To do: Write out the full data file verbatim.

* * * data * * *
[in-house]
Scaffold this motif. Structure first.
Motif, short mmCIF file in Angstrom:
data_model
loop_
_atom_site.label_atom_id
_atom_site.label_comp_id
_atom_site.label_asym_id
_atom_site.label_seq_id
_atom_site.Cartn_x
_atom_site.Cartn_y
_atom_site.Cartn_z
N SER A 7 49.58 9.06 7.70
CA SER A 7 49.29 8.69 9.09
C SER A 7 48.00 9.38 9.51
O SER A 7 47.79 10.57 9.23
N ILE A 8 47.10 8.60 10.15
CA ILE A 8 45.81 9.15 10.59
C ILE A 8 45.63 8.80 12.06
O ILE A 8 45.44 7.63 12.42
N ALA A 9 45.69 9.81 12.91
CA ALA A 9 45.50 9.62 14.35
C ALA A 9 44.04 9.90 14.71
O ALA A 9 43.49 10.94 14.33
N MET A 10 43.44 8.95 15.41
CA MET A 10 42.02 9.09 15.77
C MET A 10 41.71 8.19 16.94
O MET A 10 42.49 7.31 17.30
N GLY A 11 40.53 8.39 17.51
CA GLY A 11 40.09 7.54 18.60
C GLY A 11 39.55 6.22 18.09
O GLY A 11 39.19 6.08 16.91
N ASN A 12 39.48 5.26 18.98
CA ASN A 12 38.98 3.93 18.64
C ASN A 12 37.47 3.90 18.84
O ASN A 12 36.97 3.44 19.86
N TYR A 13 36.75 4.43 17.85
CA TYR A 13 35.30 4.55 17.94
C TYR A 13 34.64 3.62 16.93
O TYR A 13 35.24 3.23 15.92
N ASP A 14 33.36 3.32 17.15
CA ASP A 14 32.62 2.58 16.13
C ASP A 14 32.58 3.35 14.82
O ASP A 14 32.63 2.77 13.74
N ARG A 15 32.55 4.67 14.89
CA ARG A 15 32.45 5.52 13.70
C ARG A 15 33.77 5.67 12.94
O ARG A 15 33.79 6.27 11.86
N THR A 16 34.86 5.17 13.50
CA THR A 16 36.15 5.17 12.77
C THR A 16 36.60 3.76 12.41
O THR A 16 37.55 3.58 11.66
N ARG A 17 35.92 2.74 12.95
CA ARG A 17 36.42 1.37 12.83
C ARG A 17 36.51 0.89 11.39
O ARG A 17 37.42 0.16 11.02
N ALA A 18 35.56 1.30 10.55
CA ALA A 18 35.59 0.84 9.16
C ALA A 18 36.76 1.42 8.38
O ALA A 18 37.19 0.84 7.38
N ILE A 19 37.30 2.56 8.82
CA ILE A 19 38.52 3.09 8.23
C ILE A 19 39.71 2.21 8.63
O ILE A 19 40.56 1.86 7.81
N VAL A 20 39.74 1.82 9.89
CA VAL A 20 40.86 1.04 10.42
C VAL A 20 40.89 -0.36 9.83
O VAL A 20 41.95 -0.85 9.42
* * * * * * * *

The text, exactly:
[in-house]
Scaffold this motif. Structure first.
Motif, short mmCIF file in Angstrom:
data_model
loop_
_atom_site.label_atom_id
_atom_site.label_comp_id
_atom_site.label_asym_id
_atom_site.label_seq_id
_atom_site.Cartn_x
_atom_site.Cartn_y
_atom_site.Cartn_z
N SER A 7 49.58 9.06 7.70
CA SER A 7 49.29 8.69 9.09
C SER A 7 48.00 9.38 9.51
O SER A 7 47.79 10.57 9.23
N ILE A 8 47.10 8.60 10.15
CA ILE A 8 45.81 9.15 10.59
C ILE A 8 45.63 8.80 12.06
O ILE A 8 45.44 7.63 12.42
N ALA A 9 45.69 9.81 12.91
CA ALA A 9 45.50 9.62 14.35
C ALA A 9 44.04 9.90 14.71
O ALA A 9 43.49 10.94 14.33
N MET A 10 43.44 8.95 15.41
CA MET A 10 42.02 9.09 15.77
C MET A 10 41.71 8.19 16.94
O MET A 10 42.49 7.31 17.30
N GLY A 11 40.53 8.39 17.51
CA GLY A 11 40.09 7.54 18.60
C GLY A 11 39.55 6.22 18.09
O GLY A 11 39.19 6.08 16.91
N ASN A 12 39.48 5.26 18.98
CA ASN A 12 38.98 3.93 18.64
C ASN A 12 37.47 3.90 18.84
O ASN A 12 36.97 3.44 19.86
N TYR A 13 36.75 4.43 17.85
CA TYR A 13 35.30 4.55 17.94
C TYR A 13 34.64 3.62 16.93
O TYR A 13 35.24 3.23 15.92
N ASP A 14 33.36 3.32 17.15
CA ASP A 14 32.62 2.58 16.13
C ASP A 14 32.58 3.35 14.82
O ASP A 14 32.63 2.77 13.74
N ARG A 15 32.55 4.67 14.89
CA ARG A 15 32.45 5.52 13.70
C ARG A 15 33.77 5.67 12.94
O ARG A 15 33.79 6.27 11.86
N THR A 16 34.86 5.17 13.50
CA THR A 16 36.15 5.17 12.77
C THR A 16 36.60 3.76 12.41
O THR A 16 37.55 3.58 11.66
N ARG A 17 35.92 2.74 12.95
CA ARG A 17 36.42 1.37 12.83
C ARG A 17 36.51 0.89 11.39
O ARG A 17 37.42 0.16 11.02
N ALA A 18 35.56 1.30 10.55
CA ALA A 18 35.59 0.84 9.16
C ALA A 18 36.76 1.42 8.38
O ALA A 18 37.19 0.84 7.38
N ILE A 19 37.30 2.56 8.82
CA ILE A 19 38.52 3.09 8.23
C ILE A 19 39.71 2.21 8.63
O ILE A 19 40.56 1.86 7.81
N VAL A 20 39.74 1.82 9.89
CA VAL A 20 40.86 1.04 10.42
C VAL A 20 40.89 -0.36 9.83
O VAL A 20 41.95 -0.85 9.42